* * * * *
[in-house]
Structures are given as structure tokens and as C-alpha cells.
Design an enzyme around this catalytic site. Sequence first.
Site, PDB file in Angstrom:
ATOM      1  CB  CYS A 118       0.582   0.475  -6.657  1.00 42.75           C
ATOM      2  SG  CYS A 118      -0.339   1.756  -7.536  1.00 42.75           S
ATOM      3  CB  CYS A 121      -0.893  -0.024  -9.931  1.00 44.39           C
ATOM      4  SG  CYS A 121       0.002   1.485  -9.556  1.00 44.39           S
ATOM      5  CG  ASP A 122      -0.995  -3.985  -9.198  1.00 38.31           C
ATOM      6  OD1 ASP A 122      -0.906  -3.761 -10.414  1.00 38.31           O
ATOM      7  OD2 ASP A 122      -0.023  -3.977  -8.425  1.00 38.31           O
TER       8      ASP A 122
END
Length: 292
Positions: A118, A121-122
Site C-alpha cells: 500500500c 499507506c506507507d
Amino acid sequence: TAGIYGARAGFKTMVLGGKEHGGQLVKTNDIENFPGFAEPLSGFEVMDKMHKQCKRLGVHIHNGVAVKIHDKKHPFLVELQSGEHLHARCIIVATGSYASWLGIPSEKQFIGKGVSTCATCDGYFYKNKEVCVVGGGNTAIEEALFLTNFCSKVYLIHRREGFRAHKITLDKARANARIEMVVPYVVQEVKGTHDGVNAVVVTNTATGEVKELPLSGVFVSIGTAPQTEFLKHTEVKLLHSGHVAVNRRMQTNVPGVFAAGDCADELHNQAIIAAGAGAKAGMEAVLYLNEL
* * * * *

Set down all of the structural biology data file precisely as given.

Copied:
[in-house]
Structures are given as structure tokens and as C-alpha cells.
Design an enzyme around this catalytic site. Sequence first.
Site, PDB file in Angstrom:
ATOM      1  CB  CYS A 118       0.582   0.475  -6.657  1.00 42.75           C
ATOM      2  SG  CYS A 118      -0.339   1.756  -7.536  1.00 42.75           S
ATOM      3  CB  CYS A 121      -0.893  -0.024  -9.931  1.00 44.39           C
ATOM      4  SG  CYS A 121       0.002   1.485  -9.556  1.00 44.39           S
ATOM      5  CG  ASP A 122      -0.995  -3.985  -9.198  1.00 38.31           C
ATOM      6  OD1 ASP A 122      -0.906  -3.761 -10.414  1.00 38.31           O
ATOM      7  OD2 ASP A 122      -0.023  -3.977  -8.425  1.00 38.31           O
TER       8      ASP A 122
END
Length: 292
Positions: A118, A121-122
Site C-alpha cells: 500500500c 499507506c506507507d
Amino acid sequence: TAGIYGARAGFKTMVLGGKEHGGQLVKTNDIENFPGFAEPLSGFEVMDKMHKQCKRLGVHIHNGVAVKIHDKKHPFLVELQSGEHLHARCIIVATGSYASWLGIPSEKQFIGKGVSTCATCDGYFYKNKEVCVVGGGNTAIEEALFLTNFCSKVYLIHRREGFRAHKITLDKARANARIEMVVPYVVQEVKGTHDGVNAVVVTNTATGEVKELPLSGVFVSIGTAPQTEFLKHTEVKLLHSGHVAVNRRMQTNVPGVFAAGDCADELHNQAIIAAGAGAKAGMEAVLYLNEL